Going on a long distance hitchhiking trip, at least for me, takes proper planning. It’s not a spur of the moment thing, although I have met guys on the road who take a few clothes, wrap them up in a blanket, and tie a rope around it. That’s all they carry. I guess I like a few more comforts than that.
Let me say first that hitchhiking, which is known as “thumbing” amongst hitchhikers (thumbers), is a young man’s game. In your 20′s and 30′s, you can endure less comfort. My last long distance trip was at 43 years old and I found that the ground seemed to be getting harder, the sun hotter, and the bugs nastier. I also was susceptible to poison ivy and poison oak, which never affected me in my earlier years.
When I go thumbing, I like to take some 3-4 day side trips into the wilderness. So my planning begins with researching where trails are located in the states I expect to be in. I take notes, showing where I can get on the trail and where I’ll come out a few days later. I’ll also make notes about lakes and rivers I might have the opportunity to explore. I avoid cities.
I use a backpack, one that has the frame inside, not outside, which is too bulky. In the bottom compartment, I pack a hooded sweatshirt, a raincoat, a pair of jeans, and sandals. In the top goes 3 tee shirts, 3 pair of socks, 3 underwear, a flannel shirt, a pair of shorts, warm lined gloves, a ski cap, my journal, and a few odds and ends. In those small outside pockets go things like pens, magic marker, matches, nail clippers, toothbrush, comb, and such. A quart bottle for water is essential, too. I attach my sleeping bag and tent to the outside bottom of the pack with bungee cords.
The object is to carry enough for comfort, without taking unnecessary things. You’re either going to carry 30 pounds around for a few months, or 50 pounds. It makes a big difference, especially when you take off up a wilderness trail that climbs a thousand feet or so. It’s also easier getting in and out of cars with a smaller, lighter load.
My bible is an undersized road atlas. I always had a book that was close to the size of a piece of paper (8.5″ x 11″), with a map of each state. They’re not as detailed as a full sized atlas, but they’re very handy. I usually refer to my atlas at least 10 times a day.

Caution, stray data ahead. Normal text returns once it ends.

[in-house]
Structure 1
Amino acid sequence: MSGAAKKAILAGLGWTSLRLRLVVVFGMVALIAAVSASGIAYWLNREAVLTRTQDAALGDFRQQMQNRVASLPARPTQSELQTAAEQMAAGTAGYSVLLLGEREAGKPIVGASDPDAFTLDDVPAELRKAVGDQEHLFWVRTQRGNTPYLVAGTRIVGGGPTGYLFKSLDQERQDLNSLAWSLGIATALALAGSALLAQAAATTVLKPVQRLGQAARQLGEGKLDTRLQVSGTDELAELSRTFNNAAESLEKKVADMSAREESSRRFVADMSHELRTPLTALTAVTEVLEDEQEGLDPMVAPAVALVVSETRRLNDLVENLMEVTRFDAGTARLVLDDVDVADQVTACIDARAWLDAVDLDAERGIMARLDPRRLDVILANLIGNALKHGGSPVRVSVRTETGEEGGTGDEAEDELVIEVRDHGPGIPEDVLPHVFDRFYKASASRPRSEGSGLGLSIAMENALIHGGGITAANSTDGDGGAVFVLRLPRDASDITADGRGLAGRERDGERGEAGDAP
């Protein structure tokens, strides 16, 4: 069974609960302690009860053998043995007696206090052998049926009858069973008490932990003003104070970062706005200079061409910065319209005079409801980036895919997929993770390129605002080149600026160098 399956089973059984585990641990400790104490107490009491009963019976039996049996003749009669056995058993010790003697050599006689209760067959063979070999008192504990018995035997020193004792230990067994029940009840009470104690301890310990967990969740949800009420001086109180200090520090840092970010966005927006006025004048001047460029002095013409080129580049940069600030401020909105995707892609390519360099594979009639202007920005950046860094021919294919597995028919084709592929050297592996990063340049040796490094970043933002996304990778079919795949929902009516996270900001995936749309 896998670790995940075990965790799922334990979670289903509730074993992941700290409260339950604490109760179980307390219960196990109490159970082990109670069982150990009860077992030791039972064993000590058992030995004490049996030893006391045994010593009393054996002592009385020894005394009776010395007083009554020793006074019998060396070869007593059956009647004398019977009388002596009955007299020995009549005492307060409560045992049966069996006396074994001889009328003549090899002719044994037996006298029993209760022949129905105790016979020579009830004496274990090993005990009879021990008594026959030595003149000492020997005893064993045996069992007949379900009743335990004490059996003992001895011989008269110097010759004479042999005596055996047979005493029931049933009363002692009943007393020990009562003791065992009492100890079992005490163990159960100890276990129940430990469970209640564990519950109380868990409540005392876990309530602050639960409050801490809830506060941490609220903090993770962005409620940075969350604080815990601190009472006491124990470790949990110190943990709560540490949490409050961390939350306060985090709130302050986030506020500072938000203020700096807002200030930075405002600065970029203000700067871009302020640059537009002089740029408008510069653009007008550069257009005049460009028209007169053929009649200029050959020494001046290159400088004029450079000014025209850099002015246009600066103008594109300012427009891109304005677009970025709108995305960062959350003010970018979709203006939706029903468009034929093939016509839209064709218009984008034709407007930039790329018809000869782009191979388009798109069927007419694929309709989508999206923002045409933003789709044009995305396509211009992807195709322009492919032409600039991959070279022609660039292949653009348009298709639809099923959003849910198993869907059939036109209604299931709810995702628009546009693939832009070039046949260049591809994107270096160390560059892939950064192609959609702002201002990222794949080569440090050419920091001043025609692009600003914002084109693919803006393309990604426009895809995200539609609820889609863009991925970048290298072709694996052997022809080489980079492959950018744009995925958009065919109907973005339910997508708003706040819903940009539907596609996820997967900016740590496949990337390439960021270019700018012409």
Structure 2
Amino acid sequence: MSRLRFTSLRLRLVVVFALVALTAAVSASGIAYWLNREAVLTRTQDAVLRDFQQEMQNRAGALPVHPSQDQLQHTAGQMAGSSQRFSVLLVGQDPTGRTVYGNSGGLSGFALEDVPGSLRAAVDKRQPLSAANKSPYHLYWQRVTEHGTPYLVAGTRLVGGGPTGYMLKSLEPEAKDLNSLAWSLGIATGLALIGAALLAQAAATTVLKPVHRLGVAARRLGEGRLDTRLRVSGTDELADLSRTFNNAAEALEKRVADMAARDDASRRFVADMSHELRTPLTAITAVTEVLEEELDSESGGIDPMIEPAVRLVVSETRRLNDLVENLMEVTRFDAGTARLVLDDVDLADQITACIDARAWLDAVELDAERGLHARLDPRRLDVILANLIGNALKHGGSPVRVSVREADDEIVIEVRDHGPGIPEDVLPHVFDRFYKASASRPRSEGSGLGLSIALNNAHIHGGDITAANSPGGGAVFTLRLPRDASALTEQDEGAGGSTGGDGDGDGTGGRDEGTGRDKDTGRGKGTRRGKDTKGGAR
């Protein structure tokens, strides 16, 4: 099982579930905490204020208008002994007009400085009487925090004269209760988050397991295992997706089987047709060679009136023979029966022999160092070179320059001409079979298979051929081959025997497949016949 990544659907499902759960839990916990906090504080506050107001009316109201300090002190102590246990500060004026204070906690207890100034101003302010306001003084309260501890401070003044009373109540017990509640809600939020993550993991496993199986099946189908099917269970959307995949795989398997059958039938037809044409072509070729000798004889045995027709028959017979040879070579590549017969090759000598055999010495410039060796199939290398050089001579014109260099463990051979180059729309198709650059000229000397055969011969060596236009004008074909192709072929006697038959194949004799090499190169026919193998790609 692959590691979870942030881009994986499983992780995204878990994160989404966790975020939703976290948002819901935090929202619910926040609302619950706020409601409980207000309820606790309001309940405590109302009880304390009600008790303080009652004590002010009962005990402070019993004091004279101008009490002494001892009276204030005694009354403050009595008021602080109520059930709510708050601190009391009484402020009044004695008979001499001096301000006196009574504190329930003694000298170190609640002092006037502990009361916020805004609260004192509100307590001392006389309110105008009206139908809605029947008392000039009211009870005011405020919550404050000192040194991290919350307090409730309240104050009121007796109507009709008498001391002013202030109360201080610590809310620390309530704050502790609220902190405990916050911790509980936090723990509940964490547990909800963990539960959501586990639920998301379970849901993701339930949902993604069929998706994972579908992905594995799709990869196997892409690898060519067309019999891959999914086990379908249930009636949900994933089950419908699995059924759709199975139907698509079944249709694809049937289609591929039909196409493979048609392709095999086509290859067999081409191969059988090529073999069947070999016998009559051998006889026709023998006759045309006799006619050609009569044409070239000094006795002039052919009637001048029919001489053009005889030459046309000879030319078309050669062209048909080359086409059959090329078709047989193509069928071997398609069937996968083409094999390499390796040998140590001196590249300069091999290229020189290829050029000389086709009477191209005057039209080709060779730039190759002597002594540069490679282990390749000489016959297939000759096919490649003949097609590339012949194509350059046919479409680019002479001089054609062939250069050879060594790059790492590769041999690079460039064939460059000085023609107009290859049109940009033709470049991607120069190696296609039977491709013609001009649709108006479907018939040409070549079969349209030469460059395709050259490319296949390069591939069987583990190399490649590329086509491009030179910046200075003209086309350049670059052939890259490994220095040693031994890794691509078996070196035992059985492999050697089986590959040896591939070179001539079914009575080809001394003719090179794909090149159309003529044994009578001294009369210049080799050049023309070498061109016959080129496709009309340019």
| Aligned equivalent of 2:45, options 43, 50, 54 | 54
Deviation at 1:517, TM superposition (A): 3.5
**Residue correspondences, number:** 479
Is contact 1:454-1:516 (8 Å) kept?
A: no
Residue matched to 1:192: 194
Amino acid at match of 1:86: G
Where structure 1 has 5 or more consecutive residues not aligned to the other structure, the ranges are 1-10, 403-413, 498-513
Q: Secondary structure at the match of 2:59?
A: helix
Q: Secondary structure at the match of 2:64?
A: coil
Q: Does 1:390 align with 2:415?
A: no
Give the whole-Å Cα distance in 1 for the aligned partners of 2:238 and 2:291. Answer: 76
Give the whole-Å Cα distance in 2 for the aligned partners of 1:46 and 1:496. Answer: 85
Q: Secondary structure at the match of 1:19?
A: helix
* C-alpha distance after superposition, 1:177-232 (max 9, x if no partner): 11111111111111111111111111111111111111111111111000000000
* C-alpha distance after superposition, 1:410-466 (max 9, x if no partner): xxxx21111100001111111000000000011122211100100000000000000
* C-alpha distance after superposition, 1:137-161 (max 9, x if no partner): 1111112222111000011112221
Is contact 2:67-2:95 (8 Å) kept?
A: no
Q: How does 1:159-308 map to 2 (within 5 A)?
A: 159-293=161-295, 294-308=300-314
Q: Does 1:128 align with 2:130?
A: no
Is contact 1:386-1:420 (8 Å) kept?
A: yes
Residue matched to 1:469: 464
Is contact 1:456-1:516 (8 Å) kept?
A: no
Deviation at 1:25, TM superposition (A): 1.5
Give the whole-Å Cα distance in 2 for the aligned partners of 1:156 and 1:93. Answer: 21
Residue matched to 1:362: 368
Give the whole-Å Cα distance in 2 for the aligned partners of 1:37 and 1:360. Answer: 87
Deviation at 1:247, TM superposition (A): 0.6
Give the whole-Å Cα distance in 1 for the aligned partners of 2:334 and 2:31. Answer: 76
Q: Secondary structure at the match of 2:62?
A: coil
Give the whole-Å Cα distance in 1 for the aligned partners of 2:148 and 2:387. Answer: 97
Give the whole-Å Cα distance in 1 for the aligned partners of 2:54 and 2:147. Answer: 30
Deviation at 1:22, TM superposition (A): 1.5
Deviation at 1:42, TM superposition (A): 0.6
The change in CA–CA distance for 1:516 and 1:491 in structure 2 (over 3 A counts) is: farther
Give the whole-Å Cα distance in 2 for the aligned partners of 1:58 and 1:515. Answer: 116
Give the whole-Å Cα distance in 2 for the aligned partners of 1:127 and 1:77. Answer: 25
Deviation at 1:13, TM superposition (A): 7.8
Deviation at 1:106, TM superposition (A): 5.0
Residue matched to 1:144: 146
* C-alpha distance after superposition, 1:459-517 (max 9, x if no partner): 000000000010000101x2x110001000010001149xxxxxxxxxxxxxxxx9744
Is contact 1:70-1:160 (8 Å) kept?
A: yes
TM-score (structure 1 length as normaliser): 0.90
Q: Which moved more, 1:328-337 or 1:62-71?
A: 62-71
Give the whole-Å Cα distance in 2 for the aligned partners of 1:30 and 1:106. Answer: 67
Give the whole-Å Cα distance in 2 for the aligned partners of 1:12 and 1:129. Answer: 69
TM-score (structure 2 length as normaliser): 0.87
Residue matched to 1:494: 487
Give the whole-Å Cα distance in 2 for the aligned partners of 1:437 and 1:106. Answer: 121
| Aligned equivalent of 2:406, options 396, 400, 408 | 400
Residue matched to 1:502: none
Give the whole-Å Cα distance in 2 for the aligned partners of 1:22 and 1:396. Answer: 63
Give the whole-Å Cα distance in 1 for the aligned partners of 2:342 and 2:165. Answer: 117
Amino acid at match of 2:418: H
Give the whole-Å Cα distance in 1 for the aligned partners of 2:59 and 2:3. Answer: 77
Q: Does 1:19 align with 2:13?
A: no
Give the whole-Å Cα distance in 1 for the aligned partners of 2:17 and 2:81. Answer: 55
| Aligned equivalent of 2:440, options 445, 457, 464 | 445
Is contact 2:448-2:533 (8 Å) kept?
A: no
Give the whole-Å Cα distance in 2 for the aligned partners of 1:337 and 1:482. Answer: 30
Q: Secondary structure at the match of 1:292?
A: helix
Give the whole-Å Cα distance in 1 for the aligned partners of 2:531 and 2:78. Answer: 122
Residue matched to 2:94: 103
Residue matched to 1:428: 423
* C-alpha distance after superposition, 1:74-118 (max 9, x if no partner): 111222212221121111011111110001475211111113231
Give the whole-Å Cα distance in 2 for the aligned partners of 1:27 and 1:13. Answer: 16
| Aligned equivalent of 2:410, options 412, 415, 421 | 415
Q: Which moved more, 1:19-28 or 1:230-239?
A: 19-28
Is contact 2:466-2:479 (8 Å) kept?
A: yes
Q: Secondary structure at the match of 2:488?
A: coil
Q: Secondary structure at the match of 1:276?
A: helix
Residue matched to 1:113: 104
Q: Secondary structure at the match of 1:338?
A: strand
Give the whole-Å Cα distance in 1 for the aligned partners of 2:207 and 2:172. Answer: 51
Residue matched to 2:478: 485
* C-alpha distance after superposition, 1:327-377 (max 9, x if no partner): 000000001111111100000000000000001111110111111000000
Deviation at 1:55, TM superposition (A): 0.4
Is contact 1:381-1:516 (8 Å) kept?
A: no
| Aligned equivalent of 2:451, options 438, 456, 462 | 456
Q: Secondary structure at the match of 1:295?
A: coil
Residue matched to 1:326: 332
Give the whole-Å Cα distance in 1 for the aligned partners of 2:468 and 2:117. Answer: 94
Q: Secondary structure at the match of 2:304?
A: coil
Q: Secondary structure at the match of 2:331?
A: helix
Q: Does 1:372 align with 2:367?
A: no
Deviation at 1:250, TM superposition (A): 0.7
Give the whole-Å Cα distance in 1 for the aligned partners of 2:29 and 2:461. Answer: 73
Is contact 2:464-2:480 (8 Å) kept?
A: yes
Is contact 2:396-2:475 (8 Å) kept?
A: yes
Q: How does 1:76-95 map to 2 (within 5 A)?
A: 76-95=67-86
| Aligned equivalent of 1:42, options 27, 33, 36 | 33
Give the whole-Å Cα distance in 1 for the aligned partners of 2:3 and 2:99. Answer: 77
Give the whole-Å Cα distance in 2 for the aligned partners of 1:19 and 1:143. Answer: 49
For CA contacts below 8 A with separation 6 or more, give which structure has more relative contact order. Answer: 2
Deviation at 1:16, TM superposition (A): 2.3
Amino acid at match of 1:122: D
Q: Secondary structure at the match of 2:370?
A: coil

The most important thing you bring is identification. Let’s face it, now and then a cop is going to stop to check you out. Having a big, bushy beard drew me my share of police attention. But my calm, friendly demeanor defused any potential bad experiences.
I was stopped by a county sheriff once in Arkansas. He pulled up and rolled down his window. “Get in the back seat,” he ordered with attitude. “Good morning officer,” I replied with a sweet smile, “Let me get my ID out of this little pocket of my backpack so you can check me out.” I held up my pack so he could see that I was innocently getting my ID, not a gun or knife, and handed it to him.
“I’m a good guy and I know you’re just doing your job,” I continued in a friendly voice, trying to take control of the encounter. “I’ll lean my backpack against your car and get in if you’d like” is my first veiled admission that our interaction began with him ordering me into the backseat.
As he’s running my ID, I’m talking it up so he’ll feel comfortable that I’m not an escaped felon or something. “I’m coming from Little Rock and heading for a hiking trail near (whatever). Am I headed in the right direction?” Now I’ve led the conversation to him being helpful. He’s pumped up.
Once I passed the ID test, he offered to take me 20 miles to the county line. “That would be great”, I replied enthusiastically. He probably already likes me better than his own son-in-law. We talked during the ride, and he quickly decided I was a real interesting guy, one of a kind.
Shortly before the county line, he radioed the next county’s sheriffs. “I’m dropping off a guy with a beard at your county line. He’s hitchhiking. If you see him, give him a ride. He’s a good ole boy!”
- Mountain Man